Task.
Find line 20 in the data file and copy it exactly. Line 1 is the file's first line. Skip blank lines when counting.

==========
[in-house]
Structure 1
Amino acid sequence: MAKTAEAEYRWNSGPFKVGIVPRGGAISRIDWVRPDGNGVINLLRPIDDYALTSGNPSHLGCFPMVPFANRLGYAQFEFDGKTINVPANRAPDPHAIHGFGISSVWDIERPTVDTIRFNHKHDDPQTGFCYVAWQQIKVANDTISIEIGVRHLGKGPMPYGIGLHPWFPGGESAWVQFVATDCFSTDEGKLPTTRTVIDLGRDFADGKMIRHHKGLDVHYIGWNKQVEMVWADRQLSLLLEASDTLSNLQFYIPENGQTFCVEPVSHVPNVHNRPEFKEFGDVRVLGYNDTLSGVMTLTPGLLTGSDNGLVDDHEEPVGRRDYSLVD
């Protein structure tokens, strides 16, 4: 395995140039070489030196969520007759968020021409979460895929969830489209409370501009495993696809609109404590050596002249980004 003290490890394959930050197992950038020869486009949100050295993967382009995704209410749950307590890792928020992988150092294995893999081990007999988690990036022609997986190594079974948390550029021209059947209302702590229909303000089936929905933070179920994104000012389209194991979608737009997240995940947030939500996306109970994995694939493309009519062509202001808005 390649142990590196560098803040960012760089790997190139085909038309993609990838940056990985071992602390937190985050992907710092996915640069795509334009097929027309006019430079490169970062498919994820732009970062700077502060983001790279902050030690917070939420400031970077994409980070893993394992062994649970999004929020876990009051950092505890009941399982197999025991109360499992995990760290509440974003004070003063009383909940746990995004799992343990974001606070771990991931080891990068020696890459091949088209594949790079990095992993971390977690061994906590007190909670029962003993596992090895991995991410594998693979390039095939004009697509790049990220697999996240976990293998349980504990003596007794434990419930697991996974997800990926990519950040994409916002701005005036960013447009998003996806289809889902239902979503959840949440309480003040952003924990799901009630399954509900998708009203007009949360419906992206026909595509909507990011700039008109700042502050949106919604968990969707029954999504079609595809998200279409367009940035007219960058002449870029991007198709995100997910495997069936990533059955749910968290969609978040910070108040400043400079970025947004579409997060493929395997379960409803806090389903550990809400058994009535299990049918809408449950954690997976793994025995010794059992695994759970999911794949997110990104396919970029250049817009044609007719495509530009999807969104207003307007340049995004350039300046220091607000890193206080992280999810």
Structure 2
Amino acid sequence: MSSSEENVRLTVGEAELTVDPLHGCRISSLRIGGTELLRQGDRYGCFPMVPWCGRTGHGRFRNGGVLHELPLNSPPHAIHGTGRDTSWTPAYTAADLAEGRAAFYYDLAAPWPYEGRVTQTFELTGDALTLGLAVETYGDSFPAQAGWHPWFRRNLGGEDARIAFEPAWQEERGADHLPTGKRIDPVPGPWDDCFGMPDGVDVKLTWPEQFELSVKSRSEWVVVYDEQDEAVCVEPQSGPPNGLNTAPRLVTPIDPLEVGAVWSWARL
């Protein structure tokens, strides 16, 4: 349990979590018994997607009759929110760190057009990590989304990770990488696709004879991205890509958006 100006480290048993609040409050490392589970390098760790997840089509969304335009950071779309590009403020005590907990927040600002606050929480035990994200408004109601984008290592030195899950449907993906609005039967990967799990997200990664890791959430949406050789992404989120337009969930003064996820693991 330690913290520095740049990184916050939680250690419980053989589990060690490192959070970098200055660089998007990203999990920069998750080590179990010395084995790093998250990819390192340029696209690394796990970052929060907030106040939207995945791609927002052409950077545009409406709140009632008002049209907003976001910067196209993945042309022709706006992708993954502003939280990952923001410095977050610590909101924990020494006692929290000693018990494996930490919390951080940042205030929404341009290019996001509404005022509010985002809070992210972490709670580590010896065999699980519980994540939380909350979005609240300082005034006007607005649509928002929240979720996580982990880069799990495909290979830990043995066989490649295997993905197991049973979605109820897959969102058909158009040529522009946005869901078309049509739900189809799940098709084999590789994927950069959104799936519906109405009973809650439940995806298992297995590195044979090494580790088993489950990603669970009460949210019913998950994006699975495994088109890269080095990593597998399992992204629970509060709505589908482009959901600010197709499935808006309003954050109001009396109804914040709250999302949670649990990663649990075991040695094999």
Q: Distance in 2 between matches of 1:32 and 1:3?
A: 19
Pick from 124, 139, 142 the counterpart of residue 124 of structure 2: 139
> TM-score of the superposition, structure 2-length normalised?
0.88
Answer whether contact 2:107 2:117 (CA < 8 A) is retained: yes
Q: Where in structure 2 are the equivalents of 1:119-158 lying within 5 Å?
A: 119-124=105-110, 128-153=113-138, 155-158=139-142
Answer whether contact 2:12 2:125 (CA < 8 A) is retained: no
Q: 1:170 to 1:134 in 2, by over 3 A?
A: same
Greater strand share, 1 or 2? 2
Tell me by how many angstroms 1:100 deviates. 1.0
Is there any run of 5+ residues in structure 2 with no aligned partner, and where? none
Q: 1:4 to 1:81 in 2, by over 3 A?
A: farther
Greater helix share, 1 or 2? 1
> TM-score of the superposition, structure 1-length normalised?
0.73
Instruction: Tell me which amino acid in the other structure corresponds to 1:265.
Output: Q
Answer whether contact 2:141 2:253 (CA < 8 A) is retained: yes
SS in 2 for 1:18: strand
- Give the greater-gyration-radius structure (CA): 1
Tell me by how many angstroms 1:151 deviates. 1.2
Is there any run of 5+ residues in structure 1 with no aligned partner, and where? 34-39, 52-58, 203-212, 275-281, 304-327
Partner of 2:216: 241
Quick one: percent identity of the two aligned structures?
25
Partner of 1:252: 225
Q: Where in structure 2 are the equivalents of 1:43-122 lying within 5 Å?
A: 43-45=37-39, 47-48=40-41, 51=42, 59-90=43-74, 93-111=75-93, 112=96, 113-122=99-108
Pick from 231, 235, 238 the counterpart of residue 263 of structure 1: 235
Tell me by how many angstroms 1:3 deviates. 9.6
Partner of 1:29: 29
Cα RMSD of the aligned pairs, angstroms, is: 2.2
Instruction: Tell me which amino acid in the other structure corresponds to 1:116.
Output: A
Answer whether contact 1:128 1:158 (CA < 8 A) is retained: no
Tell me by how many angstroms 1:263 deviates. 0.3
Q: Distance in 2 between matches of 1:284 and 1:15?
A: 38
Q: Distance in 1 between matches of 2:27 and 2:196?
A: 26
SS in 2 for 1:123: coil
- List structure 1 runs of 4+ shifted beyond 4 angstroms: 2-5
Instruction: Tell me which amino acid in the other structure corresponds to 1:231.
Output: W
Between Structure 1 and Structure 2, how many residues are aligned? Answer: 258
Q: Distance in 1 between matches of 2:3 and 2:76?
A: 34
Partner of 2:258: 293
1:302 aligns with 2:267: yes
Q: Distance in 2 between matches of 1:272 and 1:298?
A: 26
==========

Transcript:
Tell me by how many angstroms 1:100 deviates. 1.0